This spellbinding literary ghost story won raves when it was first published in 2000, with The Boston Globe hailing Bartholomew Crane as "a protagonist for the new millennium" and The New York Times declaring, "Everything about this dark, disquieting story confounds expectations."
When hotshot young attorney Barth Crane is shipped off into the backwoods town of Murdoch, Ontario to try his first murder case, nothing is as it seems. First of all, there are no bodies.
Two teenage girls have disappeared and although their bodies have not been found, their English teacher has been arrested and charged with murder. Crane, a city lawyer with a burgeoning cocaine problem and disdain for the bumbling townspeople, is convinced he can successfully defend his client, Thomas Tripp, in the absence of hard evidence—let alone a body.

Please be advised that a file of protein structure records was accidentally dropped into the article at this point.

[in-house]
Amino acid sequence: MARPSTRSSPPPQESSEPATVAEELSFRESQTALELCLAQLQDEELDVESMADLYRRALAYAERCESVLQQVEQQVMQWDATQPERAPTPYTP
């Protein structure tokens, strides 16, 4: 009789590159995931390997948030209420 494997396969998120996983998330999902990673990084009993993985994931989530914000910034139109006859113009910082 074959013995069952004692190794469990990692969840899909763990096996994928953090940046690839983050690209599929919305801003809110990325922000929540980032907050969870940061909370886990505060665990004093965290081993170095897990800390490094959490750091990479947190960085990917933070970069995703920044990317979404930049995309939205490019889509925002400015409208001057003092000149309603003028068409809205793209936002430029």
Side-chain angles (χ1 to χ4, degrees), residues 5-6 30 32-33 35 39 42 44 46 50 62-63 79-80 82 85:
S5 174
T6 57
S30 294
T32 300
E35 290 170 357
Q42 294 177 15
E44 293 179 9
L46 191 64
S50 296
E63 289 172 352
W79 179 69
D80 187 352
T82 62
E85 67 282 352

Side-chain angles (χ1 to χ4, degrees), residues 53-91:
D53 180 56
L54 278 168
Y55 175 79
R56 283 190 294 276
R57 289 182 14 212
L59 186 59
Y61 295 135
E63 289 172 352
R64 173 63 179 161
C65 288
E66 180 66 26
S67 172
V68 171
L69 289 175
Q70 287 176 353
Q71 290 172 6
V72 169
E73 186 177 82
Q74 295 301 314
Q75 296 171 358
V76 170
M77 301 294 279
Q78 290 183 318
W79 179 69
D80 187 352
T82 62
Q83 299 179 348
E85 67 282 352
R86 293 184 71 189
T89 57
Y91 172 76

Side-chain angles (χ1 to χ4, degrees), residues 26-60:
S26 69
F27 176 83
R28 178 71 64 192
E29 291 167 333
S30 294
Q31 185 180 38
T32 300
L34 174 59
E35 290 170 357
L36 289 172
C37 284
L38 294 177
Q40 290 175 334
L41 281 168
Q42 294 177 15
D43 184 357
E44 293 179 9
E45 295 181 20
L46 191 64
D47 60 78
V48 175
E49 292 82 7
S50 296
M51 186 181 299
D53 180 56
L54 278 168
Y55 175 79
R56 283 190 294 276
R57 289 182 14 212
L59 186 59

But Tripp is not forthcoming with his lawyer and the locals are just as wary of Barth Crane as he is of them. And faced with increasing isolation and whispered legends of the town’s infamous ghost—the Lady of the Lake—not to mention his own drug-fueled paranoia, Crane finds himself less confident as the trial wears on and the lost girls demand to be heard . . . seemingly from beyond the grave.
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Simon & Schuster
November 05, 2013
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